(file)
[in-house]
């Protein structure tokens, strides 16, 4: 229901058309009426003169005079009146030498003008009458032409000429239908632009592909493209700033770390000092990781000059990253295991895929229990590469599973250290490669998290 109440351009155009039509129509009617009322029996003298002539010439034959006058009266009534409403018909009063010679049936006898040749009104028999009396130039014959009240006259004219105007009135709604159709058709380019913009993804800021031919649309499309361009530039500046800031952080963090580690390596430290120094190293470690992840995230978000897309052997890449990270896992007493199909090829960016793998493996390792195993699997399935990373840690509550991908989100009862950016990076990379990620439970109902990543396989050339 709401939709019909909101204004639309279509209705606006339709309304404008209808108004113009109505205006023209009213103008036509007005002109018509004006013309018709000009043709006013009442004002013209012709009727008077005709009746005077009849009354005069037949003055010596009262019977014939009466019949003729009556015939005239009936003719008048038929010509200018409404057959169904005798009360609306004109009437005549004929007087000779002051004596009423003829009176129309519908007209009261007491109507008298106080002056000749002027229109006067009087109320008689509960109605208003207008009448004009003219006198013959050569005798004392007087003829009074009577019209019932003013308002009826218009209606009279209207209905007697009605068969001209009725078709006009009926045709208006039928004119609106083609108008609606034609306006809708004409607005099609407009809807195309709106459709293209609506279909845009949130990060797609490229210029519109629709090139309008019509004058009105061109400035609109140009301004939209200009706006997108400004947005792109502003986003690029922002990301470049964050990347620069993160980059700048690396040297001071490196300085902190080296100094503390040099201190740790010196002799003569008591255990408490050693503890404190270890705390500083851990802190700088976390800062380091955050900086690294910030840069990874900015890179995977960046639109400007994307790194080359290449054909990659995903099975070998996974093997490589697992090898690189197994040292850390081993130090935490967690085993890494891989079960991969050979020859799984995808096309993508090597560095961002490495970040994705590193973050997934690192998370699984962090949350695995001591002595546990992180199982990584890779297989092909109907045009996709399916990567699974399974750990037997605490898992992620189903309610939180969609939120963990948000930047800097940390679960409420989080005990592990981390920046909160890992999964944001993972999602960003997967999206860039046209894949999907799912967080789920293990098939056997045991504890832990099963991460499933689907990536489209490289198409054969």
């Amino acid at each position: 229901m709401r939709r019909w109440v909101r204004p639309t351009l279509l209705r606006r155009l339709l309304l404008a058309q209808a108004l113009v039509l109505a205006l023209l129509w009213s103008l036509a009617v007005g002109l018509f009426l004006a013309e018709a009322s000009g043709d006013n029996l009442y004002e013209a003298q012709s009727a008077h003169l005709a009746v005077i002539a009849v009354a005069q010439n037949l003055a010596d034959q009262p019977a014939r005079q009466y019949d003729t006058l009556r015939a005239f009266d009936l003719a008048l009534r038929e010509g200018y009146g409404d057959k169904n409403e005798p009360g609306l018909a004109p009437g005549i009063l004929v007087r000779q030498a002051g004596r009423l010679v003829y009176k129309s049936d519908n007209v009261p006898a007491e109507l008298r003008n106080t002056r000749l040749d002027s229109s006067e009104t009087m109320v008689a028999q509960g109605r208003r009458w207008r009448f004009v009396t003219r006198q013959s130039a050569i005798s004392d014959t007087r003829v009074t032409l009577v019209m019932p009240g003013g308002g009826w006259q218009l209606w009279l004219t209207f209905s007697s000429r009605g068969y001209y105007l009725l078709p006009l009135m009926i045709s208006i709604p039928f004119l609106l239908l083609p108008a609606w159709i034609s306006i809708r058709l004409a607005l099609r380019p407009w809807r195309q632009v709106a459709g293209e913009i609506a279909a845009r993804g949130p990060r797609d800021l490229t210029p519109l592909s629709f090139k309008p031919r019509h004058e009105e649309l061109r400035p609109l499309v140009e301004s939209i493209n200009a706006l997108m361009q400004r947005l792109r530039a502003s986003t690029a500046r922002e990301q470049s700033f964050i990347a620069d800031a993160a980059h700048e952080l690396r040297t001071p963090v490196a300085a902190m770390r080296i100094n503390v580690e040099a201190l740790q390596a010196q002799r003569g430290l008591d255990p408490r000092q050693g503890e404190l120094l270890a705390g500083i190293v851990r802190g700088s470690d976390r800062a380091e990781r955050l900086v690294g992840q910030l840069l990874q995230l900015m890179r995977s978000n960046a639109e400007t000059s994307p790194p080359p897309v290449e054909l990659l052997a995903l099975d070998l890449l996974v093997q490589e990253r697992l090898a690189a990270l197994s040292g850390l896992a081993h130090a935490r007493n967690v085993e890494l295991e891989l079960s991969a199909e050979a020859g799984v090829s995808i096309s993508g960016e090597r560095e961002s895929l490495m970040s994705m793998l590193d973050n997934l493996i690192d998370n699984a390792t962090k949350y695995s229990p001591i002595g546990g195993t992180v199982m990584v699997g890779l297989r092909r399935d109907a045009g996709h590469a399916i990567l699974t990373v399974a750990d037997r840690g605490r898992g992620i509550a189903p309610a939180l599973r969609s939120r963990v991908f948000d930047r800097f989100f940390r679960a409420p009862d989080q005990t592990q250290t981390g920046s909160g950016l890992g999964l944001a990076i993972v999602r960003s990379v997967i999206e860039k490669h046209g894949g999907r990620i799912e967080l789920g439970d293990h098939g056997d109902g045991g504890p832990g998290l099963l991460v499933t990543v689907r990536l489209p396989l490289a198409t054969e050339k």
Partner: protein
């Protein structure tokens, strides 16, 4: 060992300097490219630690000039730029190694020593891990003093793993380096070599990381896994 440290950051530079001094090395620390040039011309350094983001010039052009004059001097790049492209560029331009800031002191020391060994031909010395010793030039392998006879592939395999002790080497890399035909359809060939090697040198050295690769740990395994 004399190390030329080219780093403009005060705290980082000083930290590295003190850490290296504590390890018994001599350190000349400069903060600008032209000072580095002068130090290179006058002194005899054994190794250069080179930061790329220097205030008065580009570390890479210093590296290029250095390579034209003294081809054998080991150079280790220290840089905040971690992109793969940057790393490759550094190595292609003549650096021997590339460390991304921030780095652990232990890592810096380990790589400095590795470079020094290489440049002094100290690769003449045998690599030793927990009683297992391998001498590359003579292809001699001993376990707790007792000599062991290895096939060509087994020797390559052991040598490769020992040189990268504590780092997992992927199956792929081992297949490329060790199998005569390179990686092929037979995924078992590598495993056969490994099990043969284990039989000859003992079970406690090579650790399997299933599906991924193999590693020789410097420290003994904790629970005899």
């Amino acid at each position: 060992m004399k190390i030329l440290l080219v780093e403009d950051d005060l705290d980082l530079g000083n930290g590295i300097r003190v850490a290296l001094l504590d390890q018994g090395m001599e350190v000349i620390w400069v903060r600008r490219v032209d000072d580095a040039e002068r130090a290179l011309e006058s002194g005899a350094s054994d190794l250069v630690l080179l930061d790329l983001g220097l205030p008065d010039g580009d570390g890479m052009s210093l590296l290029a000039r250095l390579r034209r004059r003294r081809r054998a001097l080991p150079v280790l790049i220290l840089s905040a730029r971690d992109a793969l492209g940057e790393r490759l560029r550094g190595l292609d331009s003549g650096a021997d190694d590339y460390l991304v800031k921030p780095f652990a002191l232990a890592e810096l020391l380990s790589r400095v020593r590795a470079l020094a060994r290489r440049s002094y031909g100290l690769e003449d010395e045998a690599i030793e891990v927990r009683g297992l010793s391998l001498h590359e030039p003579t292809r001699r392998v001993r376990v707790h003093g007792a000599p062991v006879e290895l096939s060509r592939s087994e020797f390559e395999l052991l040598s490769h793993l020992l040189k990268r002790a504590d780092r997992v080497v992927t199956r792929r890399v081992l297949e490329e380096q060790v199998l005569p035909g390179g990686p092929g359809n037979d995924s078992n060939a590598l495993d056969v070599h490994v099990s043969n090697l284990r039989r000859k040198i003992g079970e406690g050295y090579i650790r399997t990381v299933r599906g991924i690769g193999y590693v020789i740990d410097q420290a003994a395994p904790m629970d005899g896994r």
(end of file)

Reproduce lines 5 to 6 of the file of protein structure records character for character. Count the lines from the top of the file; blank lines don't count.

């Protein structure tokens, strides 16, 4: 060992300097490219630690000039730029190694020593891990003093793993380096070599990381896994 440290950051530079001094090395620390040039011309350094983001010039052009004059001097790049492209560029331009800031002191020391060994031909010395010793030039392998006879592939395999002790080497890399035909359809060939090697040198050295690769740990395994 004399190390030329080219780093403009005060705290980082000083930290590295003190850490290296504590390890018994001599350190000349400069903060600008032209000072580095002068130090290179006058002194005899054994190794250069080179930061790329220097205030008065580009570390890479210093590296290029250095390579034209003294081809054998080991150079280790220290840089905040971690992109793969940057790393490759550094190595292609003549650096021997590339460390991304921030780095652990232990890592810096380990790589400095590795470079020094290489440049002094100290690769003449045998690599030793927990009683297992391998001498590359003579292809001699001993376990707790007792000599062991290895096939060509087994020797390559052991040598490769020992040189990268504590780092997992992927199956792929081992297949490329060790199998005569390179990686092929037979995924078992590598495993056969490994099990043969284990039989000859003992079970406690090579650790399997299933599906991924193999590693020789410097420290003994904790629970005899």
């Amino acid at each position: 060992m004399k190390i030329l440290l080219v780093e403009d950051d005060l705290d980082l530079g000083n930290g590295i300097r003190v850490a290296l001094l504590d390890q018994g090395m001599e350190v000349i620390w400069v903060r600008r490219v032209d000072d580095a040039e002068r130090a290179l011309e006058s002194g005899a350094s054994d190794l250069v630690l080179l930061d790329l983001g220097l205030p008065d010039g580009d570390g890479m052009s210093l590296l290029a000039r250095l390579r034209r004059r003294r081809r054998a001097l080991p150079v280790l790049i220290l840089s905040a730029r971690d992109a793969l492209g940057e790393r490759l560029r550094g190595l292609d331009s003549g650096a021997d190694d590339y460390l991304v800031k921030p780095f652990a002191l232990a890592e810096l020391l380990s790589r400095v020593r590795a470079l020094a060994r290489r440049s002094y031909g100290l690769e003449d010395e045998a690599i030793e891990v927990r009683g297992l010793s391998l001498h590359e030039p003579t292809r001699r392998v001993r376990v707790h003093g007792a000599p062991v006879e290895l096939s060509r592939s087994e020797f390559e395999l052991l040598s490769h793993l020992l040189k990268r002790a504590d780092r997992v080497v992927t199956r792929r890399v081992l297949e490329e380096q060790v199998l005569p035909g390179g990686p092929g359809n037979d995924s078992n060939a590598l495993d056969v070599h490994v099990s043969n090697l284990r039989r000859k040198i003992g079970e406690g050295y090579i650790r399997t990381v299933r599906g991924i690769g193999y590693v020789i740990d410097q420290a003994a395994p904790m629970d005899g896994r």